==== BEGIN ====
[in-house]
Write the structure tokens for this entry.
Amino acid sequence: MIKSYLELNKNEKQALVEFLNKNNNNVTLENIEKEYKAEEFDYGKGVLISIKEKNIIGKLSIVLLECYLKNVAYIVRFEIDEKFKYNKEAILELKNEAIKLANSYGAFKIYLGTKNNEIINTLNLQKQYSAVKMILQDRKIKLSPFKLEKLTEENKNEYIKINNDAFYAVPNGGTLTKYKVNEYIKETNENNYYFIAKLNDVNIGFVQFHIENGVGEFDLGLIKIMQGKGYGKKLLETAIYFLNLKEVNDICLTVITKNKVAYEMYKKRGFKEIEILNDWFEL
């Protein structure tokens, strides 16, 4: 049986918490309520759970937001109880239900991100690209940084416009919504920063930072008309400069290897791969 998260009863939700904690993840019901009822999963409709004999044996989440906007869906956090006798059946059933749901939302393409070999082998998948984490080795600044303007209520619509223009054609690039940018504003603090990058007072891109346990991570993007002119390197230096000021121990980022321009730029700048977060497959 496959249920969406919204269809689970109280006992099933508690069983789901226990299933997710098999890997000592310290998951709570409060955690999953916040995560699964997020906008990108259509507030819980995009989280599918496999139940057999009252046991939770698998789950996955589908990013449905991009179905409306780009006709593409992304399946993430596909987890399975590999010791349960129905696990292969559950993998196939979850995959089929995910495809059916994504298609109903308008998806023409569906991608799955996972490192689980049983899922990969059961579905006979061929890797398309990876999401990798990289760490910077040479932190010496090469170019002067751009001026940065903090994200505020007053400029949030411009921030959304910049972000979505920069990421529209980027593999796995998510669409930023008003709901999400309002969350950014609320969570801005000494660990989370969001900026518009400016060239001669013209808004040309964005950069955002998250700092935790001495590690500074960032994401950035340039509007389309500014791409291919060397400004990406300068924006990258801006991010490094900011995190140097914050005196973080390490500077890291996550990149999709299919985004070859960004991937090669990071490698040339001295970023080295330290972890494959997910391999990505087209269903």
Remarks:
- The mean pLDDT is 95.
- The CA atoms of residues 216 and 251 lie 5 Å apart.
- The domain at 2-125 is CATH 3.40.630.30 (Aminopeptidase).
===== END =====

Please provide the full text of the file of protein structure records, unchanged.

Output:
[in-house]
Write the structure tokens for this entry.
Amino acid sequence: MIKSYLELNKNEKQALVEFLNKNNNNVTLENIEKEYKAEEFDYGKGVLISIKEKNIIGKLSIVLLECYLKNVAYIVRFEIDEKFKYNKEAILELKNEAIKLANSYGAFKIYLGTKNNEIINTLNLQKQYSAVKMILQDRKIKLSPFKLEKLTEENKNEYIKINNDAFYAVPNGGTLTKYKVNEYIKETNENNYYFIAKLNDVNIGFVQFHIENGVGEFDLGLIKIMQGKGYGKKLLETAIYFLNLKEVNDICLTVITKNKVAYEMYKKRGFKEIEILNDWFEL
């Protein structure tokens, strides 16, 4: 049986918490309520759970937001109880239900991100690209940084416009919504920063930072008309400069290897791969 998260009863939700904690993840019901009822999963409709004999044996989440906007869906956090006798059946059933749901939302393409070999082998998948984490080795600044303007209520619509223009054609690039940018504003603090990058007072891109346990991570993007002119390197230096000021121990980022321009730029700048977060497959 496959249920969406919204269809689970109280006992099933508690069983789901226990299933997710098999890997000592310290998951709570409060955690999953916040995560699964997020906008990108259509507030819980995009989280599918496999139940057999009252046991939770698998789950996955589908990013449905991009179905409306780009006709593409992304399946993430596909987890399975590999010791349960129905696990292969559950993998196939979850995959089929995910495809059916994504298609109903308008998806023409569906991608799955996972490192689980049983899922990969059961579905006979061929890797398309990876999401990798990289760490910077040479932190010496090469170019002067751009001026940065903090994200505020007053400029949030411009921030959304910049972000979505920069990421529209980027593999796995998510669409930023008003709901999400309002969350950014609320969570801005000494660990989370969001900026518009400016060239001669013209808004040309964005950069955002998250700092935790001495590690500074960032994401950035340039509007389309500014791409291919060397400004990406300068924006990258801006991010490094900011995190140097914050005196973080390490500077890291996550990149999709299919985004070859960004991937090669990071490698040339001295970023080295330290972890494959997910391999990505087209269903």
Remarks:
- The mean pLDDT is 95.
- The CA atoms of residues 216 and 251 lie 5 Å apart.
- The domain at 2-125 is CATH 3.40.630.30 (Aminopeptidase).